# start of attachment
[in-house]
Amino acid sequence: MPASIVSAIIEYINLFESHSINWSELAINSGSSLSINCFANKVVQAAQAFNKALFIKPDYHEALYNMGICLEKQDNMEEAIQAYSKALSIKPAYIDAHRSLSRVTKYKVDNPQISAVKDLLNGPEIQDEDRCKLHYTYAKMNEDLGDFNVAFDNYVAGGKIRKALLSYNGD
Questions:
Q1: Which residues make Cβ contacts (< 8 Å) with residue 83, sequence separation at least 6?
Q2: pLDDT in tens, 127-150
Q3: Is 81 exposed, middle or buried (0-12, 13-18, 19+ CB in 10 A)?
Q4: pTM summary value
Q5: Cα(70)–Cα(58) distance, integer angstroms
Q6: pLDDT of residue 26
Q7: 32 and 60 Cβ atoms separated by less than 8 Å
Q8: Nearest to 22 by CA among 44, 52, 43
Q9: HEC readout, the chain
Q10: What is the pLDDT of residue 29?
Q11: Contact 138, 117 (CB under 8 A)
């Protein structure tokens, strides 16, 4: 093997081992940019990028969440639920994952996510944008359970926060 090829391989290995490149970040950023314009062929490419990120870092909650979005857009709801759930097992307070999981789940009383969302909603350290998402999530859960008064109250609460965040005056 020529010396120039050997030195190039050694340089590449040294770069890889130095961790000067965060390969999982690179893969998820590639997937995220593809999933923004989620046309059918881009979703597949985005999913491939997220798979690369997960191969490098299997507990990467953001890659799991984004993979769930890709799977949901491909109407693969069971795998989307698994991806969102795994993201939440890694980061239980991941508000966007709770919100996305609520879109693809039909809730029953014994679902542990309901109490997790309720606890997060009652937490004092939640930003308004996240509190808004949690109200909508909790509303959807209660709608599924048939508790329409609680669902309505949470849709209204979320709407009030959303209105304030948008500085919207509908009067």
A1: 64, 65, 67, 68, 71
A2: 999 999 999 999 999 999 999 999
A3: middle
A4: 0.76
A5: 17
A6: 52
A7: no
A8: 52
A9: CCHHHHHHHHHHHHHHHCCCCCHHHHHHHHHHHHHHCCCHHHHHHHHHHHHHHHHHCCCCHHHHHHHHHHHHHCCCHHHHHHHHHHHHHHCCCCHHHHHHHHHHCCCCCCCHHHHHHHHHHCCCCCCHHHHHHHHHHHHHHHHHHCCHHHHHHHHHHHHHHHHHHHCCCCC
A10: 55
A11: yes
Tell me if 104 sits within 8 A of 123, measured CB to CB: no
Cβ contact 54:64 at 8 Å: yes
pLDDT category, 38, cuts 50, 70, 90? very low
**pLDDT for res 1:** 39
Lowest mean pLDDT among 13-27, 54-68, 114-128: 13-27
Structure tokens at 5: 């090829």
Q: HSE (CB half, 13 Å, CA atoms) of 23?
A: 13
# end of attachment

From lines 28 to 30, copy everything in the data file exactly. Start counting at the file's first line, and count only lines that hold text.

Cβ contact 54:64 at 8 Å: yes
pLDDT category, 38, cuts 50, 70, 90? very low
**pLDDT for res 1:** 39